(Picture: visiting the Rodin museum in Paris last year)
Feelings are a gift. To feel reminds you that you’re human, or at least, a living being. Feelings, along with faith, are our equipment for the unexpected.
And we can expect more of that.
Even some of the more questionable feelings, like anger and outrage. It was one of the most smugly quoted verses I encountered early in my faith journey: “Be angry and do not sin; do not let the sun go down on your anger.” (Ephesians 4:26).
If I can stomach the smugness, it’s good advice.
I remember Fr Gerard Hughes, author of ‘God of Surprises’ talking about the uses of pain. I was sceptical. Though that was a long time ago. He also spoke inspiringly to that group of Iona Volunteers (that included myself) in 1990 about the crucial value of spirituality in sustaining a life of activism without burning out.
Over the last year, I have opened myself as never before to bad news. It drip-feeds into my consciousness every time I open my computer to check my emails. Perhaps I’m grateful it still seems strange to someone who did their growing up in the sixties and seventies. When crassness and (nuclear) despair about ‘no future’ seemed to be something one could dismiss or rise above.
Those were the circles I moved in, then.
I even, reluctantly accepted the manifest lies about the ‘need’ for nuclear weapons.
I had quite a few ‘conversion’ experiences ahead of me. And by the grace of God, I also found friends to help me through them. Companions. Angels in disguise? Thank God, anyway.
And I became angry, and afraid, I experienced injustice, and sadness. A year of inescapable bitterness, being held up for ministry training. And these things all passed. I married, we had children, my wife became terminally ill, I became exhausted, then a widower. Feelings were big, crushing at times, but not inappropriate. I didn’t wish them away. They had a logic.
But the question of what to do with the feelings about the climate crisis is still a new one. Nothing has (adequately) prepared me. I need a bit more ‘conversion’. I’m still learning.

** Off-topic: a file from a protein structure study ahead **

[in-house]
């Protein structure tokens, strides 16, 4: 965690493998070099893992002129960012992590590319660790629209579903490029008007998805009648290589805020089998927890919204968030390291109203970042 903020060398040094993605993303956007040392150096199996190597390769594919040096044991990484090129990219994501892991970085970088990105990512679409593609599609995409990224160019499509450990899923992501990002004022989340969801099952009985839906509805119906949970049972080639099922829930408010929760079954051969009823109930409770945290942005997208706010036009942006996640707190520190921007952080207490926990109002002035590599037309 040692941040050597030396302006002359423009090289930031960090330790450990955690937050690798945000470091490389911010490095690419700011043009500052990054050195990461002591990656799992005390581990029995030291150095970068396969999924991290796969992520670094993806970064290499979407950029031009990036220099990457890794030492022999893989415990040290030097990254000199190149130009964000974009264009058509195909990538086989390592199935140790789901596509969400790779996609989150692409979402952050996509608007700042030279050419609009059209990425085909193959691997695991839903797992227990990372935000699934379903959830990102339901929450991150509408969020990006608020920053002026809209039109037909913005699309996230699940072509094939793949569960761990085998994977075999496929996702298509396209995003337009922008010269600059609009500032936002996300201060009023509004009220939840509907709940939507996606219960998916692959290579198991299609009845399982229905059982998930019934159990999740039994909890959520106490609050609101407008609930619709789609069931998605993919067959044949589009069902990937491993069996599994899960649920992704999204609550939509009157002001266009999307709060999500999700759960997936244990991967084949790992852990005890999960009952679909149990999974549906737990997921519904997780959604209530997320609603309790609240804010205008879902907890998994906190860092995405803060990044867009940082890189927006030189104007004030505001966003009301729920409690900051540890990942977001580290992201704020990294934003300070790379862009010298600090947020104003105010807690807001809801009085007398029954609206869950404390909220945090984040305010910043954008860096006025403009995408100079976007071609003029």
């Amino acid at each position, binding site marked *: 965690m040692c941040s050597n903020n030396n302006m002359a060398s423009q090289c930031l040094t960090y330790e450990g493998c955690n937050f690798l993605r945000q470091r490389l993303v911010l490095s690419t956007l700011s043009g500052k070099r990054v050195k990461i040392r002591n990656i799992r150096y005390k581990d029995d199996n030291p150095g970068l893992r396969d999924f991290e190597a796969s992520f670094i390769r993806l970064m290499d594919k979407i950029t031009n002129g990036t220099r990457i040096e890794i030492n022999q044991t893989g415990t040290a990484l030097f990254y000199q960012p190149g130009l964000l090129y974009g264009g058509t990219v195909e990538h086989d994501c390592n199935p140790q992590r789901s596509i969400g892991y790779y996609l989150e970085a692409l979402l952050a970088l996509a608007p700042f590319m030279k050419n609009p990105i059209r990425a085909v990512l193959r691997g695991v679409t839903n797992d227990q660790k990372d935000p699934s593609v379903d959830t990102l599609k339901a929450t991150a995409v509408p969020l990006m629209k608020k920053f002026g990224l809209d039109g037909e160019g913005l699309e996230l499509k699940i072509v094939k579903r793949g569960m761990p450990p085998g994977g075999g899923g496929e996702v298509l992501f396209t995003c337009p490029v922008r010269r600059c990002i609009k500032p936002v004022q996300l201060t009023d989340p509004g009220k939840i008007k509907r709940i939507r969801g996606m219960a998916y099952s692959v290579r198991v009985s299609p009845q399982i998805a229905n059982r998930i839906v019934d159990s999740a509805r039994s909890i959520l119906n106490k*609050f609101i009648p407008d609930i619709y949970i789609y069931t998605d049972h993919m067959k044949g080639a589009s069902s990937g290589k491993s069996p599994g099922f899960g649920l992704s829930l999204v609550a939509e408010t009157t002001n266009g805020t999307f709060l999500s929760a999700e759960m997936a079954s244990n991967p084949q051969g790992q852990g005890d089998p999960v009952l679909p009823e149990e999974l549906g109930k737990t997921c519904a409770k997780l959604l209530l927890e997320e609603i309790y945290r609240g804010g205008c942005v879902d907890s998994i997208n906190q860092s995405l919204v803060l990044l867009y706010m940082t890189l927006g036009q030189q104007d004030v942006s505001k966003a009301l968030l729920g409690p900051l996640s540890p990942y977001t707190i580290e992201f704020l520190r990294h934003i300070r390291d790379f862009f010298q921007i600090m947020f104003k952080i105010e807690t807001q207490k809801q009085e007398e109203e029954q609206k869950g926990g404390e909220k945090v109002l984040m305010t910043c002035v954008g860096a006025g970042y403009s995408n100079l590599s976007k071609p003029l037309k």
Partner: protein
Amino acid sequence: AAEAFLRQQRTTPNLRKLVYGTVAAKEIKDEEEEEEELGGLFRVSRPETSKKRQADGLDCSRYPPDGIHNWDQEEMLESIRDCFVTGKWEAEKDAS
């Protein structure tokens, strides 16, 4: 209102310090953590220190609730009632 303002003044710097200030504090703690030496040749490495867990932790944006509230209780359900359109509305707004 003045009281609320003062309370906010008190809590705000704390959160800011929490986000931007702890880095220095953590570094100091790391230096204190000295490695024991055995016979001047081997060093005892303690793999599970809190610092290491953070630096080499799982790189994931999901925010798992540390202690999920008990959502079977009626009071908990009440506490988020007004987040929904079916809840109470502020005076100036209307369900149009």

The Amazon is burning, the Arctic is burning. And yet we’re still here, for now.
Why? what have we still to do. ?
Seriously – and maybe surprising, even if it ought not to be surprising – scripture is significantly sustaining. Matthew chapter 6 helps me each and every day. Worrying less about tomorrow than I might, even though there is plenty to worry about. And it’s likely that will be the case for the rest of my life and those of my children. And accepting that to be the case, we need a sustainable approach to the gift of emotions.
A taller order. ‘Hope beyond hope’, I think someone called it. Retelling a story ancient even in his own time.
For now, I’m comfortable, not in immediate danger. Some of my property was stolen, but I was in a position to replace it. A bit of stress, but Life carried on.
The most irritated I got recently, was when a train which was running in the middle of the night claimed to have no room ,and I knew this was not the case, but an operational fiction. Maybe that’s out of proportion. But emotional proportionality often eludes me.
(I was going to say “ eludes us”, but I can’t presume to speak for you.
The political developments of the last few weeks, involving reprehensibly total indifference to the environmental situation, have been much more problematic.
The crimes of pig-ignorance…..
The stability I knew growing up, including my delight to be part of a European Community, has made almost every development seem outrageous. It’s been suggested that this is calculated: ‘outrage fatigue’ enables unacceptable things to be slipped in or hidden behind other news, or strategically numbs us. Better than crushing us?
To sleep, perchance to dream. Or not.
Somehow I need to preserve and give thanks for the feelings which are there for short-term action, without experiencing them all day every day.
The fight and flight stuff, in reserve, and the keeping going stuff, in balance, denying neither.
Well, maybe that’s what prayer is for. And the idea of “sustain” rather than “save” is creeping more into my own. As well as the acknowledgement of limits. Transformation, rather than resolution of conflict. And the companionship of God, come what may.
This ‘conversion’ malarkey is a lifelong ….thing!
Again and again and again.
“Be angry and do not sin; do not let the sun go down on your anger.” (Ephesians 4:26).
If I can stomach the smugness, it’s good advice, as the sun goes down, and there’s still tomorrow.
And joy, and laughter as well.